• The University of Western Australia (M519), 35 Stirling Highway,

    6009 Perth


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Personal profile


Dr Gina Ravenscroft is a Senior Research Fellow within the Neurogenetic Diseases Group at the Harry Perkins Institute and UWA. She is currently supported by an NHMCR Career Development Fellowship.

She completed her undergraduate degree at UWA, majoring in Physiology and Pharmacology. In 2009 she completed her PhD project characterising mouse models of skeletal muscle alpha-actin disease, supervised by Prof Nigel Laing and Dr Kristen Nowak at WAIMR and Dr Tony Bakker in the Department of Physiology.

Her research focus is on early-onset, severe genetic diseases with a particular focus on neurogenetic diseases. Dr Ravenscroft’s skillset and training ranging from genetics to muscle physiology gives her unique perspectives that inform the interpretation of genetic variants and design of the critical experiments to investigate the functional genomics of candidate disease-causing variants and genes.

She has carved a niche within the area of severe neurogenetic disorders and is recognised as a world expert in the genetics of these disorders. In ExpertScape, Dr Ravenscroft is listed as the top expert in Australia for arthrogryposis, congenital myopathy and nemaline myopathy and within the top 10 experts internationally for each of these disorders. She has led or contributed to the discovery of 10 novel human disease genes (seven of which occur in babies before or at birth), with another >10 candidate novel disease genes under investigation. Discovery and characterisation of myoglobinopathy (Nat Comms) was highlighted as one of the Top 10 Neuromuscular Disease discoveries of 2019. Her research has immediate clinical translation. It provides much needed answers to families affected by devastating early-onset genetic diseases.

She is a committed advocate for women in science and is Secretary of the National Association of Research Fellows. Dr Ravenscroft is also passionate about mentoring of early and mid-career researchers.

Current projects

Gene discovery and pathobiology

Dr Ravenscroft’s research program is focused on identifying and understanding the causes of rare genetic diseases – in particular myopathies, neuropathies and diseases that present in utero (e.g. arthrogryposis and fetal akinesia). Her research includes exome, genome and RNA sequencing, single cell and single nuclei RNA-seq and assays to evaluate the functional consequences of identified variants, including protein and cell-based studies. Dr Ravenscroft is also involved in the evaluation of novel bioinformatic tools for the detection of short tandem repeat expansions, a class of variants poorly detected in sequencing data. She collaborates widely to evaluate disease mechanisms, including with experts in zebrafish (Rob Bryson-Richardson, Monash University) and mouse models of neuromuscular diseases (Eric Olson, UT Southwestern Medical Centre, Texas and Greg Cox, Jackson Laboratory, USA).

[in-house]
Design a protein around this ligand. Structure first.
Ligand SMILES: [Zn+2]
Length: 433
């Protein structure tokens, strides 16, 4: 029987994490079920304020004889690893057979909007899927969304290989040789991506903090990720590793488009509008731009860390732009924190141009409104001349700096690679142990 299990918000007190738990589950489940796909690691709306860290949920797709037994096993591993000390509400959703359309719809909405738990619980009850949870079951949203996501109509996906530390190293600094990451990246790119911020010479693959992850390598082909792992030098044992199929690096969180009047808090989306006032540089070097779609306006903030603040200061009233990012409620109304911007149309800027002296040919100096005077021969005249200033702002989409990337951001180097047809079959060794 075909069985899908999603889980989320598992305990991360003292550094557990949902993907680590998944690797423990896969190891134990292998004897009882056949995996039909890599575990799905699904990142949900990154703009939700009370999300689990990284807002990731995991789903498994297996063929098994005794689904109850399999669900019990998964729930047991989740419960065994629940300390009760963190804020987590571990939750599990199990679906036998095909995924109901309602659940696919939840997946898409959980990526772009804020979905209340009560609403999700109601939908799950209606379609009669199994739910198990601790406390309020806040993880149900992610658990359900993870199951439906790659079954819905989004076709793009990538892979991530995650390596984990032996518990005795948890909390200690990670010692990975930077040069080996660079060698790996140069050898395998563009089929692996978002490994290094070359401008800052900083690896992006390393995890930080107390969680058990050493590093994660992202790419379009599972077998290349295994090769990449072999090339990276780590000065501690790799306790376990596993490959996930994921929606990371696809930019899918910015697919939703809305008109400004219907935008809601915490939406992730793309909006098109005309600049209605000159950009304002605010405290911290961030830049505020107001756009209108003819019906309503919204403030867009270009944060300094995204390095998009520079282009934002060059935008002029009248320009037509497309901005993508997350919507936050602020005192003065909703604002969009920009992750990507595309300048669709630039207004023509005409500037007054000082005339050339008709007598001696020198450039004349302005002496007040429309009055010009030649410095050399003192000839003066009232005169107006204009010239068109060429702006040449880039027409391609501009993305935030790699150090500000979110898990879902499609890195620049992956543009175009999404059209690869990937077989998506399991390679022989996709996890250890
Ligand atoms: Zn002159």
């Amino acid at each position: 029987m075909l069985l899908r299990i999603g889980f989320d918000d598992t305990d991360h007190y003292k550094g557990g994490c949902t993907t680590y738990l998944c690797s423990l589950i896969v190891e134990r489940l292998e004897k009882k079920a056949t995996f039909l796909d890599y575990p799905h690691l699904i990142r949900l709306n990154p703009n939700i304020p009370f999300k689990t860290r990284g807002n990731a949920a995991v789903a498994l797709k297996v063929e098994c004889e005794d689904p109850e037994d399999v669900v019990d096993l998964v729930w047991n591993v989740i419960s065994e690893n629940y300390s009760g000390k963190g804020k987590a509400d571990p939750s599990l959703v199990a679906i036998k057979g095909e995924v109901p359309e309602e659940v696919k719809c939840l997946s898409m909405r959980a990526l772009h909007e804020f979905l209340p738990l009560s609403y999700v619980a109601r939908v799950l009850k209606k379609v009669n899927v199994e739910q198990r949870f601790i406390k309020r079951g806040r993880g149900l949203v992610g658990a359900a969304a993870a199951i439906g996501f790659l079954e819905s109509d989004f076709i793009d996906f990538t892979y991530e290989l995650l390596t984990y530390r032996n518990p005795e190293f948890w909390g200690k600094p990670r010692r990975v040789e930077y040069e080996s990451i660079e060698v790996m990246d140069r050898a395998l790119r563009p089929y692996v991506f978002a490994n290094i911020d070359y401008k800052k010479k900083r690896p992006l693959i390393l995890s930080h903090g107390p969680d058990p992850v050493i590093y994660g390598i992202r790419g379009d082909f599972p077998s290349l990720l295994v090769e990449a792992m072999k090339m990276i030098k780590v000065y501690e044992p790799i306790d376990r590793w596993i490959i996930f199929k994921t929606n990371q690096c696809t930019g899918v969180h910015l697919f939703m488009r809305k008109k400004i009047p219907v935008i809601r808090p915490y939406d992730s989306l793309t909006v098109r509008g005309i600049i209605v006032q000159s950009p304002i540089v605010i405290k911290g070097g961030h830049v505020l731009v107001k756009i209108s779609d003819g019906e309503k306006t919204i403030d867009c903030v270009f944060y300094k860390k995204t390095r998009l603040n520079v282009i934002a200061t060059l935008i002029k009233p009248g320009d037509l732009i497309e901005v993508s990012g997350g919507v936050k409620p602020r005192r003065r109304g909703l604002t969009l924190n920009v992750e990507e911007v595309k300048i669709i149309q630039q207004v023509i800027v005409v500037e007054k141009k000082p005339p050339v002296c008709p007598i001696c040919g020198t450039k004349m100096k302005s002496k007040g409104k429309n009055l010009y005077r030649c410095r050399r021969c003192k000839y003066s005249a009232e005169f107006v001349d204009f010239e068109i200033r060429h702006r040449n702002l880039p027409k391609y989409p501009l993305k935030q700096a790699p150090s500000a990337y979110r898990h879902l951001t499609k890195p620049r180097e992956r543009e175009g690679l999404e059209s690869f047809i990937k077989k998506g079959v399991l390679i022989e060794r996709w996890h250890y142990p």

Improved molecular diagnosis

Through long-standing collaborations with the Department of Diagnostic Genomics at PathWest, the Australasian Referral Centre for the genetic diagnosis of neuromuscular diseases, she contributes towards to development, optimisation and implementation of new diagnostic tools. These include the design of bespoke comprehensive gene panels and RNA-sequencing. 

Development of therapies for myopathies

Dr Ravenscroft leads a small team working on therapies for neuromuscular diseases, including pre-clinical models of skeletal muscle alpha-actin (ACTA1) myopathy. This therapies research is an extension of the program of worh that she conducted during her PhD project and early postdoctoral years, which demonstrated that cardiac actin upregulation could ameliorate both dominant and recessive skeletal muscle actin (ACTA1) diseases in preclinical mouse models. She is passionate about developing therapies for ACTA1 diseases that can be translated to the clinic. This research currently involves generation and characterisation of ACTA1 patient-derived iPSC, and CRISPR-mediated gene editing, dominant allele deletion, genetic compensation and evaluating small molecules. 

Reproductive carrier screening for severe recessive diseases

Dr Ravenscroft is involved in exploring the utility of a national carrier screening program for severe recessive diseases (Mckenzie’s Mission). She is a member of the gene selection and variant interpretation sub-committees. Her involvement with Mckenzie’s Mission follows her contribution in developing and evaluating the first couple-based reproductive carrier screening pilot project in Australia (The WA Carrier Screening Project, https://carrierscreeningwa.com/). 

Expertise related to UN Sustainable Development Goals

In 2015, UN member states agreed to 17 global Sustainable Development Goals (SDGs) to end poverty, protect the planet and ensure prosperity for all. This person’s work contributes towards the following SDG(s):

  • SDG 3 - Good Health and Well-being

Education/Academic qualification

Physiology, PhD, A therapeutic approach for the skeletal muscle alpha-actin based congenital myopathies, The University of Western Australia

Award Date: 11 Dec 2009

Physiology, BSc Hons (First Class), The University of Western Australia

Award Date: 10 Dec 2004

Research expertise keywords

  • Skeletal muscle physiology
  • Histology
  • Neuromuscular disease
  • Neurogenetics
  • Foetal akinesia
  • Next generation sequencing
  • Mouse models


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